Oxygen-sensing neurons in the central nervous system

Research output: Contribution to journalShort surveypeer-review

88 Scopus citations


This mini-review summarizes the present knowledge regarding central oxygen-chemosensitive sites with special emphasis on their function in regulating changes in cardiovascular and respiratory responses. These oxygen-chemosensitive sites are distributed throughout the brain stem from the thalamus to the medulla and may form an oxygen-chemosensitive network. The ultimate effect on respiratory or sympathetic activity presumably depends on the specific neural projections from each of these brain stem oxygen-sensitive regions as well as on the developmental age of the animal. Little is known regarding the cellular mechanisms involved in the chemotransduction process of the central oxygen sensors. The limited information available suggests some conservation of mechanisms used by other oxygen-sensing systems, e.g., carotid body glomus cells and pulmonary vascular smooth muscle cells. However, major gaps exist in our understanding of the specific ion channels and oxygen sensors required for transducing central hypoxia by these central oxygen-sensitive neurons. Adaptation of these central oxygen-sensitive neurons during chronic or intermittent hypoxia likely contributes to responses in both physiological conditions (ascent to high altitude, hypoxic conditioning) and clinical conditions (heart failure, chronic obstructive pulmonary disease, obstructive sleep apnea syndrome, hypoventilation syndromes). This review underscores the lack of knowledge about central oxygen chemosensors and highlights real opportunities for future research.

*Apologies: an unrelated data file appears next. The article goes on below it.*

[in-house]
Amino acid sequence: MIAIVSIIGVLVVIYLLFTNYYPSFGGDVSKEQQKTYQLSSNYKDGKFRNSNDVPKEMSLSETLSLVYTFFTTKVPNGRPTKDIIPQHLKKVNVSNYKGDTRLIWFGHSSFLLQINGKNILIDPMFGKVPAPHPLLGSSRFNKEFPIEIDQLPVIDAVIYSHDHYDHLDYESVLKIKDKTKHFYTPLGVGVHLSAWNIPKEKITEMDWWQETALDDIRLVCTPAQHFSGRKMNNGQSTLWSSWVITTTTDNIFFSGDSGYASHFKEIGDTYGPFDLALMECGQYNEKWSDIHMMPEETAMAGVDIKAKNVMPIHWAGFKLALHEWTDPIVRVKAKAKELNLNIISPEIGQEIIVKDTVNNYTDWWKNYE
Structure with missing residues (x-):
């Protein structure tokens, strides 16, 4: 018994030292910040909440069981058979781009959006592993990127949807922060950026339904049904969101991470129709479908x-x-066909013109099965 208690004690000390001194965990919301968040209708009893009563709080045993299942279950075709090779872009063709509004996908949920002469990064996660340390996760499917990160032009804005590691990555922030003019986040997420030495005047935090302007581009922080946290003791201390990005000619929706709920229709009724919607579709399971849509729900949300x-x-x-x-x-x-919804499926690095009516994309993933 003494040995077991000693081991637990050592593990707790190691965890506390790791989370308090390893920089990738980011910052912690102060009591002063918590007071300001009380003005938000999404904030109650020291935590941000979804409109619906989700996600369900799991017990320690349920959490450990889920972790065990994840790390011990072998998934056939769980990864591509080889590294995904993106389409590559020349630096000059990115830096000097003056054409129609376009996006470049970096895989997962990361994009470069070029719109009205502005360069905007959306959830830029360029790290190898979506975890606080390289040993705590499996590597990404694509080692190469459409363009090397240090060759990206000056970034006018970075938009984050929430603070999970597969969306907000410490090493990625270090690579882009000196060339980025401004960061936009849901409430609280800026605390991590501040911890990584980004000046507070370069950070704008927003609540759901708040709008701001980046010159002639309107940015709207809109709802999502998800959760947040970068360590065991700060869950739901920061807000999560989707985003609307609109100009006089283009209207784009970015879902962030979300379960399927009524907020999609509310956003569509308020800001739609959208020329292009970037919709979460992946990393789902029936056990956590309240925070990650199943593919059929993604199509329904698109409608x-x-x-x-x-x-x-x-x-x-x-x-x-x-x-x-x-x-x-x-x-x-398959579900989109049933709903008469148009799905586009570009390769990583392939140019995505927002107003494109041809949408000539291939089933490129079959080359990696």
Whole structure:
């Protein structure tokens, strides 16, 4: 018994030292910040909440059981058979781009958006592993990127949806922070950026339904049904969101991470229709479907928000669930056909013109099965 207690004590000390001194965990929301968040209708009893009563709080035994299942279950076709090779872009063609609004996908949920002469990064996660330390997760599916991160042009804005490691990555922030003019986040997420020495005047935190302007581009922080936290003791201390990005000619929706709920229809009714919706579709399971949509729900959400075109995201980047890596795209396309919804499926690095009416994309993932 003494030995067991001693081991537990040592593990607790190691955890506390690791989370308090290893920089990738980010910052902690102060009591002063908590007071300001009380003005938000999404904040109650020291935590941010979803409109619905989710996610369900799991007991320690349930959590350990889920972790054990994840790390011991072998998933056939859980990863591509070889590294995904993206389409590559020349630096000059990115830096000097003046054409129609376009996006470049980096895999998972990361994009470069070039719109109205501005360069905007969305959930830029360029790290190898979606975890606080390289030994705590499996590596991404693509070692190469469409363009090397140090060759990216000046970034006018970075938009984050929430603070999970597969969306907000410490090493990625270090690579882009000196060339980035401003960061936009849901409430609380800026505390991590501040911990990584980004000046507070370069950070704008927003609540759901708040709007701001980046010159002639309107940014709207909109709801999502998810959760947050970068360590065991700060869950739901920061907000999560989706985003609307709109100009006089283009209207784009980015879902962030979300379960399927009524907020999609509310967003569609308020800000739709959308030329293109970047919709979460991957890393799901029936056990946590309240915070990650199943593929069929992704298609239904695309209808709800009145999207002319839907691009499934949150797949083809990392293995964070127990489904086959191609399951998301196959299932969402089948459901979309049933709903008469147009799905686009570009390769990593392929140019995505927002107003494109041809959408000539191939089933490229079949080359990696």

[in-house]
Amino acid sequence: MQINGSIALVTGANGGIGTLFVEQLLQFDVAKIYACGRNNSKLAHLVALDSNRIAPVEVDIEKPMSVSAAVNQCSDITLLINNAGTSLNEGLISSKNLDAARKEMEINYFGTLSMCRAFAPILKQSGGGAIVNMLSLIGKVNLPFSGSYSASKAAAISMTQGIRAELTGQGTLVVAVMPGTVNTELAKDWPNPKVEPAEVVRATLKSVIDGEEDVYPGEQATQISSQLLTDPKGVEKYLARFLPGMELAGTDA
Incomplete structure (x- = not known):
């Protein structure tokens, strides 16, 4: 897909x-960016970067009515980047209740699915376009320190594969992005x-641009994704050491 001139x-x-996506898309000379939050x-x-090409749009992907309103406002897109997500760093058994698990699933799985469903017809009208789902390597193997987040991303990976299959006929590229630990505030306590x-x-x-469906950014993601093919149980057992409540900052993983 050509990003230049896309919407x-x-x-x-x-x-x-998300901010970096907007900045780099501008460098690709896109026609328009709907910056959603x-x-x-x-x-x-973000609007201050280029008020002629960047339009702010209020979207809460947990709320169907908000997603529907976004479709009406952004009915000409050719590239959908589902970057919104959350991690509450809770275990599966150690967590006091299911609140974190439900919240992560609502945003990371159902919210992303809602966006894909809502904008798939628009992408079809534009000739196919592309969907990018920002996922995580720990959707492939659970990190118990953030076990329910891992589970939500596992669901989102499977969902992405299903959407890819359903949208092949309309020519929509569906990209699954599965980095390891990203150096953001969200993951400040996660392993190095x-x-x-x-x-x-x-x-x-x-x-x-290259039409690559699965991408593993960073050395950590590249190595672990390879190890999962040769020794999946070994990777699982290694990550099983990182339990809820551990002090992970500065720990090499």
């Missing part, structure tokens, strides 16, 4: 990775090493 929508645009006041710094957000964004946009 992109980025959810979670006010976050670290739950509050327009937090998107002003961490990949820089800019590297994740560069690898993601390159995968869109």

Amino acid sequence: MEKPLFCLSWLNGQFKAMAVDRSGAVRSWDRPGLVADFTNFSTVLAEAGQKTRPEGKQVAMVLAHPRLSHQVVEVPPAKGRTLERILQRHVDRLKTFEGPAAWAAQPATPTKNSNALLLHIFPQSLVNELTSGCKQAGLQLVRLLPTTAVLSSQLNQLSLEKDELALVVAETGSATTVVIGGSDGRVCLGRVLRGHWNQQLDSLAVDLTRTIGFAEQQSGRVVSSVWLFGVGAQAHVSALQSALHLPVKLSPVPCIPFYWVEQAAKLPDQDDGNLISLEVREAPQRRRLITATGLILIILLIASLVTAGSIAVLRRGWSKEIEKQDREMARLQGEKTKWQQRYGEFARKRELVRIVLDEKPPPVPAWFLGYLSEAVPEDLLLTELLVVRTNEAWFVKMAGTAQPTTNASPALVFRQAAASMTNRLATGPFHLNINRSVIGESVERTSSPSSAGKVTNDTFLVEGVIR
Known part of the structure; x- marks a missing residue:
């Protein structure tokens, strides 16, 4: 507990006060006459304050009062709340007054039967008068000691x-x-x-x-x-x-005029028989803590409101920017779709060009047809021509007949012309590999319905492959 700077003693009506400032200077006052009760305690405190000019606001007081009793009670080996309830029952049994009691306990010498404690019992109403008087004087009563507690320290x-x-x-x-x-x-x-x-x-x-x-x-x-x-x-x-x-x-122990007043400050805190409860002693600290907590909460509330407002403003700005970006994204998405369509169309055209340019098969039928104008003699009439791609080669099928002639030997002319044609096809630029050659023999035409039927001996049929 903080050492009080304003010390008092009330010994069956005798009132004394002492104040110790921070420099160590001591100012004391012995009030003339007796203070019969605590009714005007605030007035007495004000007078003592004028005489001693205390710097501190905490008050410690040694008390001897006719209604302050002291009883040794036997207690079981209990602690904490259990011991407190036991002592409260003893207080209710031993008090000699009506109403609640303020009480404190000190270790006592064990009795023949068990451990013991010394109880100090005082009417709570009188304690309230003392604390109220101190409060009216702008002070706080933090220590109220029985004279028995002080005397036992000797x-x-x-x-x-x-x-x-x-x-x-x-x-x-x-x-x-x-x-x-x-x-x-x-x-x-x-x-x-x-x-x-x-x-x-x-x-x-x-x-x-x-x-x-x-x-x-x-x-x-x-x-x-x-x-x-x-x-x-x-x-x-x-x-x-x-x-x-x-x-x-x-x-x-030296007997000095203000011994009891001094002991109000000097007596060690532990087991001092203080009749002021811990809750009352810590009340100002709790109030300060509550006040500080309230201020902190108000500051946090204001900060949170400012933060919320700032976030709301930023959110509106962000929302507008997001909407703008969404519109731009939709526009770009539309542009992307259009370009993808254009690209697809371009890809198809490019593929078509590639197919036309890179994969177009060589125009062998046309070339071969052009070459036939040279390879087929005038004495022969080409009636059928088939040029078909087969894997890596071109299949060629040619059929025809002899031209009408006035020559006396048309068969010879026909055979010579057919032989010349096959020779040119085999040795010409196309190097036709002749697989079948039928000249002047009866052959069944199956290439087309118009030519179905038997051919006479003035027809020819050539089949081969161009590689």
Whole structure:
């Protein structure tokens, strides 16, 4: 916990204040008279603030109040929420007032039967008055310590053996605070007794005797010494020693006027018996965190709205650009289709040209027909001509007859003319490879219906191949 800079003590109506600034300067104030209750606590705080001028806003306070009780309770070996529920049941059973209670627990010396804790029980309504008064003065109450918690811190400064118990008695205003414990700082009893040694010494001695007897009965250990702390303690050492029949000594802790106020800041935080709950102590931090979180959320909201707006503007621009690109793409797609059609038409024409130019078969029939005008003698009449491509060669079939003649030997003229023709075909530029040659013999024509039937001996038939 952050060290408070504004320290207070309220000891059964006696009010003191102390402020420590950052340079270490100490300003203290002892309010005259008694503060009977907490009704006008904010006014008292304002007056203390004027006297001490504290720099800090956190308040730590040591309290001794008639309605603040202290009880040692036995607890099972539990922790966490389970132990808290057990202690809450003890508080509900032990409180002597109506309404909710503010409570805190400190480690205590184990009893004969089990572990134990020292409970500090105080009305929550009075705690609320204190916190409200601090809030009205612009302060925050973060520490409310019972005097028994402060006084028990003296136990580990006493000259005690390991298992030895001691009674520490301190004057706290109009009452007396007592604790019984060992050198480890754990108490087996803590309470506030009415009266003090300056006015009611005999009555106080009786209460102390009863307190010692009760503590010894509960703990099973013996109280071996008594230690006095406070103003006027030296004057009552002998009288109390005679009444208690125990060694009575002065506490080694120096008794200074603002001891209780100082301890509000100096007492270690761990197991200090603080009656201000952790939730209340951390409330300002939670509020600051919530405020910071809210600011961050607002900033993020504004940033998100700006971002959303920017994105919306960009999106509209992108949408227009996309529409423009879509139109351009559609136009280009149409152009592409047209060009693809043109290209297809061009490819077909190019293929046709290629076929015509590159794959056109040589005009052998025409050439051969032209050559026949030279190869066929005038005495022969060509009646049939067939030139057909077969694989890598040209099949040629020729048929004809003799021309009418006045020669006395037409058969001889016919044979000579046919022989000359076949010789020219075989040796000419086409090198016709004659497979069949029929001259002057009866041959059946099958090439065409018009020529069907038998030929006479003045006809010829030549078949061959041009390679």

Original languageEnglish (US)
Pages (from-to)367-374
Number of pages8
JournalJournal of applied physiology
Issue number1
StatePublished - Jan 2004

All Science Journal Classification (ASJC) codes

  • Physiology
  • Physiology (medical)


  • Brain
  • C sympathoexcitatory region
  • Caudal hypothalamus
  • Chemosensitivity
  • Heme oxygenase
  • Ion channels
  • Pre-Bötzinger complex


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